Ms. Jones recently lost her civil case. Now, KBR wants Jones to pay for its legal fees and court costs.

    In its motion seeking to recover more than $2 million in fees, KBR alleged that Jones’ rape and hostile work environment claims were fabricated and frivolous. The company has also requested that she cover its court costs of $145,000. Everything is back in the hands of lawyers again. Ms. Jones brought her claims under Title VII of the Civil Rights Act, which apparently allows prevailing parties to seek attorneys fees from the losing party. “Anyone who brings a claim under Title VII knows that there is a likelihood that if they lose the other side will seek attorneys fees,” said one attorney.

    The facts of the case are complex, but we can all agree that nothing good seems to come of things from the Iraq experience.

    We have another piece on KBR’s legal issues in Iraq if you are not yet depressed enough.



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    Copyright © 2020. All rights reserved. The views expressed here are solely those of the author(s) in their private capacity.

    Posted in Democracy, Embassy/State, Iraq, Military

    Contractors in Iraq Never Held Responsible

    July 8, 2011 // 2 Comments »

    If my child does something wrong, as a parent I’m responsible for interceding. If an employee does something wrong, the employer steps in to fix things. If a US Government contractor in Iraq does something wrong, anything from torture to sexual harassment to murder, nobody is held responsible. By law, it seems.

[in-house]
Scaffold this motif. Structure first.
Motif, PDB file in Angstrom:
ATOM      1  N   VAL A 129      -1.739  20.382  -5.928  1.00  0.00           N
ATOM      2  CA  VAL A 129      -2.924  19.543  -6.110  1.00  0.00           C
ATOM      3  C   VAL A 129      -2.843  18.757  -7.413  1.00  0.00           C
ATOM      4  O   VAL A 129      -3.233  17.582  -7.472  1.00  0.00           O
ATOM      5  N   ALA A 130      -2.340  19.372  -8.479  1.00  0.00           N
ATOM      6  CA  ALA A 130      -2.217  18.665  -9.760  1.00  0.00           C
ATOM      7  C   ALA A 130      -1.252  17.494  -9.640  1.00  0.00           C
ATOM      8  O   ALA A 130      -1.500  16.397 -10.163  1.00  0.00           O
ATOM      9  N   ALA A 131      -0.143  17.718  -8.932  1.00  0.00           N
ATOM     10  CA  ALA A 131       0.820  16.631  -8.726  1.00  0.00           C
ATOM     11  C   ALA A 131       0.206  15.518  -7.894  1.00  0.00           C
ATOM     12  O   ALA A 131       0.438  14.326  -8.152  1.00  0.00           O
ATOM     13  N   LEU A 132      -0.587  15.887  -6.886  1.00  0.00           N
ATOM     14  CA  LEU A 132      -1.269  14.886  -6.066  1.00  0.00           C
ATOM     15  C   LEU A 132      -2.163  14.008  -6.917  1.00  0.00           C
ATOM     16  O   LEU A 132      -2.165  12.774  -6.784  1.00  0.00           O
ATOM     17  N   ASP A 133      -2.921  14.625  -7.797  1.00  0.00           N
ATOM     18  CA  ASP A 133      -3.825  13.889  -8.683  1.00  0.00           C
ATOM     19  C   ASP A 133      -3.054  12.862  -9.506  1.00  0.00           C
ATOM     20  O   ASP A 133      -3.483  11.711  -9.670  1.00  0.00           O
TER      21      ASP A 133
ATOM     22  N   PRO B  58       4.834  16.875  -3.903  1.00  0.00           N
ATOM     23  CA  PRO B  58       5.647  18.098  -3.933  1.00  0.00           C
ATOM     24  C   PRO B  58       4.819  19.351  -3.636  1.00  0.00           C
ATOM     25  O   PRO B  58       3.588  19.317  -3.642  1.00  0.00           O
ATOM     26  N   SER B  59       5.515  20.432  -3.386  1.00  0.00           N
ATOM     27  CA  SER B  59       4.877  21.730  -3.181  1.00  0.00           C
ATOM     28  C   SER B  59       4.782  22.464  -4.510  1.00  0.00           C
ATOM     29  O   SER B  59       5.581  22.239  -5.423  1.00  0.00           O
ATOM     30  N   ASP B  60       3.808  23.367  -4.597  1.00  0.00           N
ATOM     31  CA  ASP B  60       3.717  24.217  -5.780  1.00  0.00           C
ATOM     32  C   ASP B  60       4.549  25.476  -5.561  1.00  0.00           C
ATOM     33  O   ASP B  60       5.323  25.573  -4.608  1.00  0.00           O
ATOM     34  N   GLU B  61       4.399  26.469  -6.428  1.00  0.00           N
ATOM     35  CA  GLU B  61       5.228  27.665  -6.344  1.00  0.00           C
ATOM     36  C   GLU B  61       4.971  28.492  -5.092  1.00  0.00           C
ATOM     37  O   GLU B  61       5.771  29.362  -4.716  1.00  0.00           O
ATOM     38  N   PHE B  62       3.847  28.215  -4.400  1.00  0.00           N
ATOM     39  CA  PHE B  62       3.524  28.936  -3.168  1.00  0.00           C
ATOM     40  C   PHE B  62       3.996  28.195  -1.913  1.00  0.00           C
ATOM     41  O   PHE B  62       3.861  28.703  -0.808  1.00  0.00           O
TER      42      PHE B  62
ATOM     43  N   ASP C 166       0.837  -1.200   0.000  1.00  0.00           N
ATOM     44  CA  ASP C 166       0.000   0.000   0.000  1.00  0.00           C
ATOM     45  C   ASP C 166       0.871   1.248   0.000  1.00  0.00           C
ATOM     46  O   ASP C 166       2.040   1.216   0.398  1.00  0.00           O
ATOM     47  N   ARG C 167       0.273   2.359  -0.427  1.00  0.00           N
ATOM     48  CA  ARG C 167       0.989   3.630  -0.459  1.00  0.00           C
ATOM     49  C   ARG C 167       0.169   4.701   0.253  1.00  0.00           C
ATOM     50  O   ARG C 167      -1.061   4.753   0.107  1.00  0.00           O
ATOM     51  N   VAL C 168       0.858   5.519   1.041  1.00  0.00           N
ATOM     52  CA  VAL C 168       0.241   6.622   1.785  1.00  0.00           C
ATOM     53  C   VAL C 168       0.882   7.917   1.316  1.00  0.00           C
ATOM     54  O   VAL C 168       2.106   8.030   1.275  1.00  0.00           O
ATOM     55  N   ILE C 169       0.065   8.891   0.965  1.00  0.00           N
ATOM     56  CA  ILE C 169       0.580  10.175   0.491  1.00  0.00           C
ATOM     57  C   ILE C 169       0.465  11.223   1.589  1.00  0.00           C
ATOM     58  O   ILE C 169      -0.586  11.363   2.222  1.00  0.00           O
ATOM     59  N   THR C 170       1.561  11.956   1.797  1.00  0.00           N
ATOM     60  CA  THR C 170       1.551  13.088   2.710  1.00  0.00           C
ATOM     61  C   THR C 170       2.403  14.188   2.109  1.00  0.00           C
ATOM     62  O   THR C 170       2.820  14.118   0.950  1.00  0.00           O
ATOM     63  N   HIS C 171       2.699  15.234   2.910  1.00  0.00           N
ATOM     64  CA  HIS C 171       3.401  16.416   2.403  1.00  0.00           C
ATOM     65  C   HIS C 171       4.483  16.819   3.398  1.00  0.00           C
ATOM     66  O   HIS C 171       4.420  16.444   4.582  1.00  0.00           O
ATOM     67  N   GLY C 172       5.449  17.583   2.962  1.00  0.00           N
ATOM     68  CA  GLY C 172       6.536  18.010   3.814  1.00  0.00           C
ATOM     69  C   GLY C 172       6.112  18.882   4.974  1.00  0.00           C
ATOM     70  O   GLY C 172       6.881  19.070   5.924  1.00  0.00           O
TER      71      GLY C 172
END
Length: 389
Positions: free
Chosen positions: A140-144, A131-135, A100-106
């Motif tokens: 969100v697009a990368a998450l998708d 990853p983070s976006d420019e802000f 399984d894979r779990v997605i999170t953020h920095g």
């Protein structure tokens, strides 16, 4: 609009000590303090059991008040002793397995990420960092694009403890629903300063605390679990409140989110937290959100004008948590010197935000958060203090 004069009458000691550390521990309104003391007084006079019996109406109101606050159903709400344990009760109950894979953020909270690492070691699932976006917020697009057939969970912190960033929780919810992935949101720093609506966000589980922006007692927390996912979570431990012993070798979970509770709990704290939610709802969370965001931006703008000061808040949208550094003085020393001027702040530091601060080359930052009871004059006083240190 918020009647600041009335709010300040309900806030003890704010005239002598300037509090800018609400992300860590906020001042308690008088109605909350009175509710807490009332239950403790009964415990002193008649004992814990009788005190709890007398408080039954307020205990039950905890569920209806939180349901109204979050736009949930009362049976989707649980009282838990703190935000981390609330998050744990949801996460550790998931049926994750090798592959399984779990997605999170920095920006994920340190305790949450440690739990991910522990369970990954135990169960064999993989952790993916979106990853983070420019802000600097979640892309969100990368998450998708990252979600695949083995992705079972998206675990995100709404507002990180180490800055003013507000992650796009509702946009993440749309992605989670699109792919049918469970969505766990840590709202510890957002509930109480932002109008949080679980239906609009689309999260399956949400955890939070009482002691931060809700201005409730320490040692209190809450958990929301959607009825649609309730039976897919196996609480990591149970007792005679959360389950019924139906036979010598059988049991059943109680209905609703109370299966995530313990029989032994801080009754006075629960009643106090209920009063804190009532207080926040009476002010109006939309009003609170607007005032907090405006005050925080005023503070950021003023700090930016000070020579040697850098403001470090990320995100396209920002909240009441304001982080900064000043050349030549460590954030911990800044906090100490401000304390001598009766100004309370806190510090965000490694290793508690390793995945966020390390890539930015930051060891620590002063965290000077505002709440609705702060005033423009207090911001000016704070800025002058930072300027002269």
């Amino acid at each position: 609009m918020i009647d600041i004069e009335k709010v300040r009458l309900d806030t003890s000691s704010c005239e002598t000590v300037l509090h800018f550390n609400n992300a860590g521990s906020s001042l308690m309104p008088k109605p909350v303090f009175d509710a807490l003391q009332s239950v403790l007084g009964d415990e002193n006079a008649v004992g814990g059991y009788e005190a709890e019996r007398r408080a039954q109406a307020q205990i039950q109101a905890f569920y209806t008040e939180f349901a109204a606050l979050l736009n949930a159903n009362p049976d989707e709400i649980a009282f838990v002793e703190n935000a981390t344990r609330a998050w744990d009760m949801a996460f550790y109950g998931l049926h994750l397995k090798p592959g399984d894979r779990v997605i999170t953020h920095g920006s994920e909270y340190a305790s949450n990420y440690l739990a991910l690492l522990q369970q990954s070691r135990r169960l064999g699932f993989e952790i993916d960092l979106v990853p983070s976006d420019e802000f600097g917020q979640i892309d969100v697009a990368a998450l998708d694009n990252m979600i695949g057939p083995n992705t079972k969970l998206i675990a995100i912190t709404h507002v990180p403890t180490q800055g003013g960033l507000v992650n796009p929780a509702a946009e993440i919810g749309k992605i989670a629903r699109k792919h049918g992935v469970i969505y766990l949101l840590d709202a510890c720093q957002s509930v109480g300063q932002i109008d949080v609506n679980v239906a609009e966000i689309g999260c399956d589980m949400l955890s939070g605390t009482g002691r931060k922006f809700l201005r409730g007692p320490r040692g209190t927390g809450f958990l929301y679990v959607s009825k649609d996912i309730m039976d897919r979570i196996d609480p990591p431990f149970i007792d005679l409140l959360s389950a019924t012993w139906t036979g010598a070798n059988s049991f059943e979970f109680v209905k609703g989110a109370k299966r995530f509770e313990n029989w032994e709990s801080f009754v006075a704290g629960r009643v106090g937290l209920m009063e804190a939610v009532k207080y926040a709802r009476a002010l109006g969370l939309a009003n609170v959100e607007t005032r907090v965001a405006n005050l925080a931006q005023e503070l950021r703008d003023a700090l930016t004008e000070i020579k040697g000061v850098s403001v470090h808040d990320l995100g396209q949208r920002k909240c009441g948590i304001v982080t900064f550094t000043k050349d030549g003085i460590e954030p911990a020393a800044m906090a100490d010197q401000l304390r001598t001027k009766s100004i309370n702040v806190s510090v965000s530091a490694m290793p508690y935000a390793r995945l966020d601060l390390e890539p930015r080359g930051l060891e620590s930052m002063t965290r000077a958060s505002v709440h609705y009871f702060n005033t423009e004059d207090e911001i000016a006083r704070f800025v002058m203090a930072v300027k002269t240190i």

Torture

    The latest get out of jail free card was issued by the Supreme Court last week, when they let stand the dismissal of a lawsuit claiming that employees of two defense contractors took part in the torture and abuse of Iraqis at Abu Ghraib. The justices rejected an appeal by a group of 250 Iraqis seeking to reinstate their lawsuit against CACI International Inc, which provided interrogators at Abu Ghraib, and L-3 Communications Holdings Inc’s Titan unit, which provided interpreters to the U.S. military.

    The lawsuit was filed in 2004 on behalf of the Iraqis who said they or their relatives had been tortured or mistreated while detained by the US military at Abu Ghraib. They said contractor employees participated in the abuse. The justices declined to review a federal appeals court ruling that dismissed the lawsuit because the companies had immunity as government contractors. The Obama administration supported the companies and said the appeal should be denied. Free at last, I guess.

    Rape